The success of the Internet of Things (IoT) depends on sharing data between different devices but it needs to be done appropriately. But there are some brand new technologies that might support appropriate data sharing and they can do it on a massive scale.
Sharing (data) is good for us. The more we share then the more perspectives we have on any given consumer or any given problem. In retail this means getting a better understanding of what customers need even before they do. For the IoT this means combining the sensors and abilities of many devices to get a fuller picture of what’s needed and having more options on how to do it.
Firms that manufacture IoT products only get direct data from the customers that use their products. One device only ‘experiences’ a part of a customer’s life. To get a fuller understanding of a single customer’s life different devices need to share data, preferably devices that help the same customers in different ways.
The classic example is a shopping app on your phone that uses data from your refrigerator to suggest recipes based on what you actually have in stock. Or a firm that uses data from all the devices that it has sold in the past to give advice to specific customers, like Waze uses crowd sourced data on traffic jams to warn its users.
But really useful data can come from external sources.
Just like good feedback and useful suggestions, external information is more likely to give you a new perspective. So devices that share data with many other devices will tend to get more useful information and make better decisions. Decisions that are either more personalised, because of complementary information about the same user, or decisions that are chosen from more options, because of information on more user situations.
However, the problem is that firms don’t like to share with other firms for commercial reasons. More importantly, firms can’t just share customer data with any firm that they want to because of data protection legislation. How would you feel if your data was shared with anyone and everyone?
The problem is that sharing data makes for better user services but sharing data must be done appropriately.
Here’s the solution: if you want to share your data, meaning sell it or even just release the value in it for free, then first you need to stop talking about ‘data’. Be more specific. Being very specific is the key to reducing data sharing sensitivities.
If you ask me whether you can share all my data with everyone, everywhere and let them use it as they choose and pass it on to whoever they want to, forever. Then I’m going to get a bit tense.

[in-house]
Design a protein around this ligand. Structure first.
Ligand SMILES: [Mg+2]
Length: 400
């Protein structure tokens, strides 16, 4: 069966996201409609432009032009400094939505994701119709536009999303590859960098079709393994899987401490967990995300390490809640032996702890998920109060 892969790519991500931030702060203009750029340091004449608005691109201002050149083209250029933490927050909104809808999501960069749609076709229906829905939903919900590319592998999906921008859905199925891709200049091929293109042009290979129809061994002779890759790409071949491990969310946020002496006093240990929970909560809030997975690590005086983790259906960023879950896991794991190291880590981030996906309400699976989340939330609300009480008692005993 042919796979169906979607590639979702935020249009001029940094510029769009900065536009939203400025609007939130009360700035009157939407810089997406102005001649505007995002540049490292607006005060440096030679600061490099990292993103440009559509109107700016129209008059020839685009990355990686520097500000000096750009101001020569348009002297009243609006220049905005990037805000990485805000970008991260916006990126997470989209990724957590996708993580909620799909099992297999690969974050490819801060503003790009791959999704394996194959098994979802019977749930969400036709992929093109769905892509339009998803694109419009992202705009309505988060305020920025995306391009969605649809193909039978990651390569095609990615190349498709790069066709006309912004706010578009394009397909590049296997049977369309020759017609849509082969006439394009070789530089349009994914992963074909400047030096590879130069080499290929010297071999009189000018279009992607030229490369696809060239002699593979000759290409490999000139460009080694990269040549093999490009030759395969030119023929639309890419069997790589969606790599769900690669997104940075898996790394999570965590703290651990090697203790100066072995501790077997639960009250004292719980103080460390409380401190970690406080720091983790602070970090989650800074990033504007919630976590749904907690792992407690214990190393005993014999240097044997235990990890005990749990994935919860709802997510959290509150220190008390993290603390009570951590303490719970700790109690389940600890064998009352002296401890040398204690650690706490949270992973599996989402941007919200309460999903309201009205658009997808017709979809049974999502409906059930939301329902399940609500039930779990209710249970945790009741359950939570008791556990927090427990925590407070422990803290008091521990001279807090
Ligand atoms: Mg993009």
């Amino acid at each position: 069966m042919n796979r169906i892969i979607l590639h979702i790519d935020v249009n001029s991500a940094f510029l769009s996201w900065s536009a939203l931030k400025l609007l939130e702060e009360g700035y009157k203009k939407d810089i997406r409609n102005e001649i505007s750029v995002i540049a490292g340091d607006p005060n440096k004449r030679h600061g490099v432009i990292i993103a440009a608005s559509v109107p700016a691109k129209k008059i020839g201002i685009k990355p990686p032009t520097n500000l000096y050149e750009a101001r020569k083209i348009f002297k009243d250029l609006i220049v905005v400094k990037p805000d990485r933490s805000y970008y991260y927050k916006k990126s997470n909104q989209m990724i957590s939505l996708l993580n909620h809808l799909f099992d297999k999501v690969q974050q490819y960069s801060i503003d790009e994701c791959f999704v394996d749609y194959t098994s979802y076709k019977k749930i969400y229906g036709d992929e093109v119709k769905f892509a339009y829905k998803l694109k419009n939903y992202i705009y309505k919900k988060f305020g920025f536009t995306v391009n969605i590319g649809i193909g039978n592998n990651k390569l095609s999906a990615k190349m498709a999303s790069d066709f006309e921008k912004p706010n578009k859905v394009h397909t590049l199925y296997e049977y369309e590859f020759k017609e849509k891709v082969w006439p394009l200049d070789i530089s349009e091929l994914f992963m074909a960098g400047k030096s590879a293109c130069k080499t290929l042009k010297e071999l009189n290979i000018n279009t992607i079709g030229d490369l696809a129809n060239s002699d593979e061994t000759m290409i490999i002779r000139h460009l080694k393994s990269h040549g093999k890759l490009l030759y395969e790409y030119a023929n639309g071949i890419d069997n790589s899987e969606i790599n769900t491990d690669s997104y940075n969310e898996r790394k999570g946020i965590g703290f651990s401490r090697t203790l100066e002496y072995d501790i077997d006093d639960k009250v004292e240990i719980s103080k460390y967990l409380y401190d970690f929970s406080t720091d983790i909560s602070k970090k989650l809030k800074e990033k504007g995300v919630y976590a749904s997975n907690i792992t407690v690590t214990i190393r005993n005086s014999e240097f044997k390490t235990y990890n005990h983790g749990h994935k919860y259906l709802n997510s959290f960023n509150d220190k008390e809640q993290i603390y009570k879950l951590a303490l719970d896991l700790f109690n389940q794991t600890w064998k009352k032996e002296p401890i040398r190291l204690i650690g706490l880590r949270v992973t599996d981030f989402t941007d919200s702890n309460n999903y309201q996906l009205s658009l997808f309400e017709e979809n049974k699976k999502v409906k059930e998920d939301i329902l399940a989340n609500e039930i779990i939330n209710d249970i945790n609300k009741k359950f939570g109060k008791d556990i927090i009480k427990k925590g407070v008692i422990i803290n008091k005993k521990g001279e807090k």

But if you tell me exactly how you want to use it, why you need to use it, who else might get a look at it and what they are entitled to do with – either the data or the products of the data – and how long this is for. Then I will be much more open to your suggestions.
I still won’t give you my medical data so that your algorithm can charge me a higher insurance premium. And I hate it when it feels like my data is being used to sense when I will pay more for dodgy science fiction books on my Kindle or more expensive airline tickets.
But generally speaking a highly specific definition use of will remove a lot of my reservations. And real anonymisation will remove all of them. Q: who owns this anonymous data? A: dunno.
So how can we apply this to the IoT one devices at a time?
It is relatively easy to run a loyalty card programme because it is centralised and largely automated. But the IoT needs to be decentralised. If every device asks you or its manufacturer for permissions and instructions every time it needs data – or when is asked to supply data – then the IoT will not get very sophisticated.
So how do we ensure highly specific data sharing? Well, we need to design smartness into the IoT. So let’s use smart contracts.
Smart contracts are a mixture of contract law and software. The rules that govern a relationship between two parties are embedded in the software that facilitates the same relationship. To put it another way, the contractual terms are embedded in the thing that they govern. So they control it to help ensure that agreements are kept.
Software is made of rules and instructions for use but contracts also need proofs of things like identity, ownership, endorsements, permissions and rights to do things. And they need to be cryptographically secured, decentralised and machine readable so that every device can automatically ‘negotiate’ with other devices as required.
Fortunately all this can be written into blockchains, the distributed and cryptographically encoded databases that underlie digital currencies. In principle, the data sharing rules for each device can be broadly pre-specified; for consuming third-party data as well for supplying data.
Smart contracts could automate a multitude of interactions between IoT devices and pre-specify what constitutes appropriate behaviour in different circumstances. Automation is important because the more devices the better and the more granular the interaction then the smoother the service. Pre-specification is important because you do not know which devices your devices will meet.